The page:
Mental Illness: How Sad Happiness Can Be


Must Those People In The Pews Be So Happy?


I remember seeing “The Happy Hunters”, Francis and hubby, who always smiled, laughed, and were jovial when on the stage.  When attending church, everyone always seems happy, having it together.  Even if they are hurting, they hide it well. What better place to take a person who is depressed than to a happy place like church! Right? Wrong!

At NAMI-PA’s recent conference I heard Patricia C. Gallagher tell her story.  She wrote a book “Raising Happy Children on a Reasonable Budget”, so her daughter sent a letter to Oprah who sent a film crew to their home, filmed a day with the Gallaghers, and flew Patricia to Chicago for a program.  The Gallaghers looked like the perfect couple with the perfect family until their lives dramatically changed. Patricia’s husband lost his job, thought of jumping off a bridge, and tried to carbon monoxide himself.  When in the hospital his wife brought him family pictures to raise his spirits.  Instead the pictures of everyone smiling triggered his depression even deeper as he jumped out the hospital window trying to end his life, but survived the fall.  The perfect, smiling, happy family image was shattered, forever changing their lives.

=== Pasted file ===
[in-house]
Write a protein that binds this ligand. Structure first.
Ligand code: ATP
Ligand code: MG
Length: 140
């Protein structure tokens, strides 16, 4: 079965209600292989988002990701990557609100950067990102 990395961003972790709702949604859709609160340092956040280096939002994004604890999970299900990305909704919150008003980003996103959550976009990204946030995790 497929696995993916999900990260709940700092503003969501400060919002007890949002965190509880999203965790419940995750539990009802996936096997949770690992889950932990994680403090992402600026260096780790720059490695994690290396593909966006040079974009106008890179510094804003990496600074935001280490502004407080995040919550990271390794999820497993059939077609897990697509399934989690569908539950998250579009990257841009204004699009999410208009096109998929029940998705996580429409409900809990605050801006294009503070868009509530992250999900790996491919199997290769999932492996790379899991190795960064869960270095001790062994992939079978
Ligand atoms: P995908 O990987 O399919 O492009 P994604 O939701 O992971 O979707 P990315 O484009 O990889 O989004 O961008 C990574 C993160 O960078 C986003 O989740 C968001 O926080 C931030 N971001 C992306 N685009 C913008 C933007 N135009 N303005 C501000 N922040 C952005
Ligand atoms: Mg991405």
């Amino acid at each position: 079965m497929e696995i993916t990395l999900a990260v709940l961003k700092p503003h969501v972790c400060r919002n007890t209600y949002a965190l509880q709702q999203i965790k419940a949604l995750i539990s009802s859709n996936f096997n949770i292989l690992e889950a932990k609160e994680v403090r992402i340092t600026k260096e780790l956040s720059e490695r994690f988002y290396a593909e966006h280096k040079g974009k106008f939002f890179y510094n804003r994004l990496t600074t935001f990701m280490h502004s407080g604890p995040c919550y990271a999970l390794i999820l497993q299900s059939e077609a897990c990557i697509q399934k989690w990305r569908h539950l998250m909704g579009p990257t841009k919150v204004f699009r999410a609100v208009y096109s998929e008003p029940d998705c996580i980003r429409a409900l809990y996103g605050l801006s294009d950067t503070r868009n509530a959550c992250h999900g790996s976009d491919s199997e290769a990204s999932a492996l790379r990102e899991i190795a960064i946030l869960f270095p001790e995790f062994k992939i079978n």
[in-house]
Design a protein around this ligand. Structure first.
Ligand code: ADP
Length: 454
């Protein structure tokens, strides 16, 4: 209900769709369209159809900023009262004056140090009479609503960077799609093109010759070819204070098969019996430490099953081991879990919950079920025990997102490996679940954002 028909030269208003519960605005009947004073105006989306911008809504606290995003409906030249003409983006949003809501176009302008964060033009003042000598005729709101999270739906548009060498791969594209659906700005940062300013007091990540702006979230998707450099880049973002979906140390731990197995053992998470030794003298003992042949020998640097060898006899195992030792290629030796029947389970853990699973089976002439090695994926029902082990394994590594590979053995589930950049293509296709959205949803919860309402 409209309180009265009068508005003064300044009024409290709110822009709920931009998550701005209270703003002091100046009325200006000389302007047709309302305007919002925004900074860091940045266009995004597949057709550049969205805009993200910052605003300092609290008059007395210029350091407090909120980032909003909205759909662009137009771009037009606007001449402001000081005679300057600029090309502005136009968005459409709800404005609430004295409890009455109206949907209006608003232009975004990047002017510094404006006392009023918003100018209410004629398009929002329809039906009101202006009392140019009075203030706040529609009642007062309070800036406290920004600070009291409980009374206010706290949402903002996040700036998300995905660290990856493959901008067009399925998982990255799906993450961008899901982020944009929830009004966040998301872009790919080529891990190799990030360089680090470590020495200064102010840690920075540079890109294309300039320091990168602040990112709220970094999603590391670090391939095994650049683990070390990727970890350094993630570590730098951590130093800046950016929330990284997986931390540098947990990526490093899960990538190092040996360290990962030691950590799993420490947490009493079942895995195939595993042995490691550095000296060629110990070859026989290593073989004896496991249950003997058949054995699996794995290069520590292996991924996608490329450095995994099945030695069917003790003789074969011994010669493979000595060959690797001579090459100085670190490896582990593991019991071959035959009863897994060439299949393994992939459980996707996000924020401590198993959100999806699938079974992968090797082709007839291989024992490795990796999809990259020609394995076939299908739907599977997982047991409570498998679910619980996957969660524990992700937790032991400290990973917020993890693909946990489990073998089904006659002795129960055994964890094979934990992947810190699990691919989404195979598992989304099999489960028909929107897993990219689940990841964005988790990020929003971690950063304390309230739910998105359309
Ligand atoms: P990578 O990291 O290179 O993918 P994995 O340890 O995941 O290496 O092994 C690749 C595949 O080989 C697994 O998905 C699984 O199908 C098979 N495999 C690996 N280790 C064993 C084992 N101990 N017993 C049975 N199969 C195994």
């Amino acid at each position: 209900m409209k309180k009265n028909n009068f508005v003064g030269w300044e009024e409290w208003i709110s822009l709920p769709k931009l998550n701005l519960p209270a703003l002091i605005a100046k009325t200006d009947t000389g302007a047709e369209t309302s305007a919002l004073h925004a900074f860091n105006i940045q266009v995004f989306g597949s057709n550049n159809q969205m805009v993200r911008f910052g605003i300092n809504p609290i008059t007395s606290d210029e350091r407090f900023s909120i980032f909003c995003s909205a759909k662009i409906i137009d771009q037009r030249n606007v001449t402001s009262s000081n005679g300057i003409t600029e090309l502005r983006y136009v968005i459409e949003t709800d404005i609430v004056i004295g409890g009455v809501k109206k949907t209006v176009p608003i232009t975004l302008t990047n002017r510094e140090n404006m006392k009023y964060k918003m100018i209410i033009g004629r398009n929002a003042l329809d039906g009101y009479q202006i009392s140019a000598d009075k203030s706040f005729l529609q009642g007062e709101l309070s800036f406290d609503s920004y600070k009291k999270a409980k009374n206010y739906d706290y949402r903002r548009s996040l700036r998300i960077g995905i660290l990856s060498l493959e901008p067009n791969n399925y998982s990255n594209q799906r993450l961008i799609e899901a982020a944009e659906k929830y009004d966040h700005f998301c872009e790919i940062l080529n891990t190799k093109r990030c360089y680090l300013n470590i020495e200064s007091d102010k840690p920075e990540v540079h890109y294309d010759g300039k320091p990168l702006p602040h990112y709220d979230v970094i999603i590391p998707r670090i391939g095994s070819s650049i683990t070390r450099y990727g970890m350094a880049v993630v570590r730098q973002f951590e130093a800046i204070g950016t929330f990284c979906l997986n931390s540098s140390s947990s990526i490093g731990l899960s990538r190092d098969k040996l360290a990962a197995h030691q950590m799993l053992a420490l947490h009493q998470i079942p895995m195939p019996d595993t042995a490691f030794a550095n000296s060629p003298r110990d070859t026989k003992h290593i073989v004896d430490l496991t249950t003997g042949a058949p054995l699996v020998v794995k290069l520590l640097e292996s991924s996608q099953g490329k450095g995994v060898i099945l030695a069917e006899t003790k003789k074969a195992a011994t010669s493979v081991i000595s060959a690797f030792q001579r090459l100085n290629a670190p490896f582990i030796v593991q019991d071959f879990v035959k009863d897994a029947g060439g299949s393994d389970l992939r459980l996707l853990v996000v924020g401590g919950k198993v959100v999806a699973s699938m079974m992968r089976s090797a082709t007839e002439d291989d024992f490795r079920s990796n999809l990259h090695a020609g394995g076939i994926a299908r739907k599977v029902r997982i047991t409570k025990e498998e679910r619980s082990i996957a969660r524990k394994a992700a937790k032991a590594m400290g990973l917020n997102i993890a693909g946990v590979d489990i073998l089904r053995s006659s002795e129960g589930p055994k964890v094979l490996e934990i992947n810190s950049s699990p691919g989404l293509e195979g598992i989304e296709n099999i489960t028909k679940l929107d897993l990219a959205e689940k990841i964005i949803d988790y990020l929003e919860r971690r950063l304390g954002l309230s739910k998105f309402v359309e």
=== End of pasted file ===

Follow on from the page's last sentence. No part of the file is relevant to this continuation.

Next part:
To help her deal with her husband’s depression, Patricia started a “Team of Angels” movement designing angel pins on cards with encouraging poems. To date Patricia has handed out over 78,500 pins to help others cope with trying times. Her husband then had her and her children write their stories in their family book “No More Secrets”.

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I use humor as an outlet. When times are tense, I find something at which to laugh.  When my wife was deeply depressed, my jokes and humor were always received listlessly; in fact they had a negative impact. “Why should everyone be happy when I am not?” the depress person thinks. Depressed people can see through our plastered fake smiles, for they can sense the pain we suffer too. 

If the Church is to be effective in their effort to reach out to the mentally ill, they will have to recognize the fact that pain is a part of life and a part of Jesus’ life.  I remember the poster of the “laughing Jesus”, which made me forget of the “painful, suffering Jesus” on the Cross.  True religion accepts pain as part of life; in fact it embraces pain rather than hides it. Pain can bond people. The suffering of the Black community during the slave trade has produced Negro Spirituals with deep emotion, meaning, and feeling.  Suffering and persecution forced a vibrant Church to practice the Great Commission, to move forward in spite of the adverse depressive conditions it faced during persecution.

Compassion, empathy, and acceptance goes much farther than trying to make a depressive person smile and be happy when their “happy tank” is on “E”. When ill, depression grips the soul, strips the person of happiness, and only the comfort from loved ones and the Comforter, the Holy Spirit, can help.